Excerpts from Jim Conrad's
Naturalist Newsletter

from the June 9, 2007 Newsletter issued from Sierra Gorda Biosphere Reserve, QUERÉTARO, MÉXICO

Several times I've seen Turkey Vultures with their six-ft-long wingspreads "sunbathing," and I've always figured it was for the reasons usually given in books: To dry feathers and warm the body to help digestion. However, last Saturday afternoon as I sat next to my tent gazing across the reservoir I saw three vultures sail onto the lake's opposite shore, two of them hobbled down to the water and drank for a minute or two, and then all three turned their backs to the sun, spread out their wings, and sunbathed for about 15 minutes.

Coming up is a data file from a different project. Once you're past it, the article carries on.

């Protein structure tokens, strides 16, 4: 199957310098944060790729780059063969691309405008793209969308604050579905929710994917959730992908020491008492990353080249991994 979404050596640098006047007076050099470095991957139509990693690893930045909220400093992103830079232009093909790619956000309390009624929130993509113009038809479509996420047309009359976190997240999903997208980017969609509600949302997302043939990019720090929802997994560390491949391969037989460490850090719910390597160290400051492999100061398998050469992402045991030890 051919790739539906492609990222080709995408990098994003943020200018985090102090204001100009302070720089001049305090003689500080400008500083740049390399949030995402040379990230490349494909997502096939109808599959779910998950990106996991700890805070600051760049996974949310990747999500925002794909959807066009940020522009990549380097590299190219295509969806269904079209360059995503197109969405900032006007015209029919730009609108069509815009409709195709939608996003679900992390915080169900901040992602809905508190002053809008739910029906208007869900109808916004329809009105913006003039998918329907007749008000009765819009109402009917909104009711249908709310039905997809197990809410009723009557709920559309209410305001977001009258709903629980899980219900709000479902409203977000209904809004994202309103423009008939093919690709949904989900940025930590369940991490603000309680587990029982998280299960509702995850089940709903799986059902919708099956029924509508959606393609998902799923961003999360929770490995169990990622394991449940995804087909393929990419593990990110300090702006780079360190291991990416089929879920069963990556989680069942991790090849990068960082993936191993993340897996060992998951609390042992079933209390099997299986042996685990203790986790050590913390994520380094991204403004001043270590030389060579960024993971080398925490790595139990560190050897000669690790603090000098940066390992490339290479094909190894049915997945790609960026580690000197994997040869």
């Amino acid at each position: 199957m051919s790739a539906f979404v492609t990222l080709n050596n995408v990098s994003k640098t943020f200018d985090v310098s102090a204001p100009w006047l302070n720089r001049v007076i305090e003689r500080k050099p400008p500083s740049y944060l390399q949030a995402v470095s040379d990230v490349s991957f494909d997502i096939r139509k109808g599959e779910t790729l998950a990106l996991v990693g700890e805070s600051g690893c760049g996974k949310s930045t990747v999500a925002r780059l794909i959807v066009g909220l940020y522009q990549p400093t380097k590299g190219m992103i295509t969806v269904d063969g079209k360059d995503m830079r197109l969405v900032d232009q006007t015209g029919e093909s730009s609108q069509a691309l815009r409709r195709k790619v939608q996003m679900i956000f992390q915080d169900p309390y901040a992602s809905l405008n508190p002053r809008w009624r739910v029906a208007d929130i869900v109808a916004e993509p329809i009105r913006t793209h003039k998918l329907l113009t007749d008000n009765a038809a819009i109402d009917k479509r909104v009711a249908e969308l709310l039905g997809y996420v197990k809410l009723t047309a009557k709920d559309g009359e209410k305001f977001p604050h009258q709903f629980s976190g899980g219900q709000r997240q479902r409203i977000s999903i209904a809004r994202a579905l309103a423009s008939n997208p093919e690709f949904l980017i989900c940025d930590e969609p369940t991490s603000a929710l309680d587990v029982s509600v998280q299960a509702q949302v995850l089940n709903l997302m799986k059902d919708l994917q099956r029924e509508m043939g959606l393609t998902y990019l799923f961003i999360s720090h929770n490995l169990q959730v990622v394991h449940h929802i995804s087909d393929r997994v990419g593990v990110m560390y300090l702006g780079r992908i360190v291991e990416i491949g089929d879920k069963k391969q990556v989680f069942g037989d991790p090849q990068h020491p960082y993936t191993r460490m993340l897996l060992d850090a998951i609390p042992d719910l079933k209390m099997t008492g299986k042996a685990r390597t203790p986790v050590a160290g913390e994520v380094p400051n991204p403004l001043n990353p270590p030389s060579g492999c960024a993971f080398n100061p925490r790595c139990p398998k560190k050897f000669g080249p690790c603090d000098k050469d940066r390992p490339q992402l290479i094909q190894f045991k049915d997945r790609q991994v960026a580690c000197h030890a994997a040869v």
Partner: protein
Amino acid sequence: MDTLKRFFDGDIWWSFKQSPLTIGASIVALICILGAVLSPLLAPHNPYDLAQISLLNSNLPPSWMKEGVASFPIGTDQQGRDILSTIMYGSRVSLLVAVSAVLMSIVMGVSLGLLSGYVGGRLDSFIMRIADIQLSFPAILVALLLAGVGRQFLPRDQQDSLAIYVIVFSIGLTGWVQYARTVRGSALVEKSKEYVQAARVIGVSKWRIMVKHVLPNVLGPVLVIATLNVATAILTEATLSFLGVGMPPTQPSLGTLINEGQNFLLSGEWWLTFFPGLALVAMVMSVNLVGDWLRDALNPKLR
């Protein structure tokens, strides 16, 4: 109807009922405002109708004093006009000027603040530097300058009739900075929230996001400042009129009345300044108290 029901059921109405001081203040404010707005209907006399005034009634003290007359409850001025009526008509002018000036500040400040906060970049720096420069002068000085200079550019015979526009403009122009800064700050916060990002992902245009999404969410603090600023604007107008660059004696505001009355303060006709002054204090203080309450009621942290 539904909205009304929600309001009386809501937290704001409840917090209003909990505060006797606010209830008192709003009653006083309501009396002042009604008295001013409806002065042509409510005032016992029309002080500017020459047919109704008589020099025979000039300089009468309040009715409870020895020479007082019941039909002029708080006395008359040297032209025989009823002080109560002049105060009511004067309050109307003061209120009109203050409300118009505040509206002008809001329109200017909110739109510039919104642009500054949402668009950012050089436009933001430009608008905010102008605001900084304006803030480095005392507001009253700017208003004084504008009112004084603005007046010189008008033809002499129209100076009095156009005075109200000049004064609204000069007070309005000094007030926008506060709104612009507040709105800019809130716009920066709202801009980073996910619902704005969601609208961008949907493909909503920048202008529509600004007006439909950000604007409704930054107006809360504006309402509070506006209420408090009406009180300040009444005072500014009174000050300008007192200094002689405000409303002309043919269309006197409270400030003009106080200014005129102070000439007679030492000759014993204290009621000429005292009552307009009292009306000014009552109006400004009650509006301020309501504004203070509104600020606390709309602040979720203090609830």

Here is what made me scratch my head: As I sat there the temperature in the shade was exactly 99° (37° C). Across the lake on the sunny bank almost perpendicular to the sun's incoming rays -- if my readings made other times in similar situations can be a guide -- it was at least 115° (46° C).

The birds didn't have a morning's dew to dry off their feathers, they hadn't bathed at the water's edge, and I doubt their intestines needed more heat for better digestion.

I suspect that the advantage a vulture might enjoy sunbathing in such heat is that it might encourage some external parasites to abandon ship, or maybe die from the heat, or at least weaken so that they can more easily be dislodged by preening.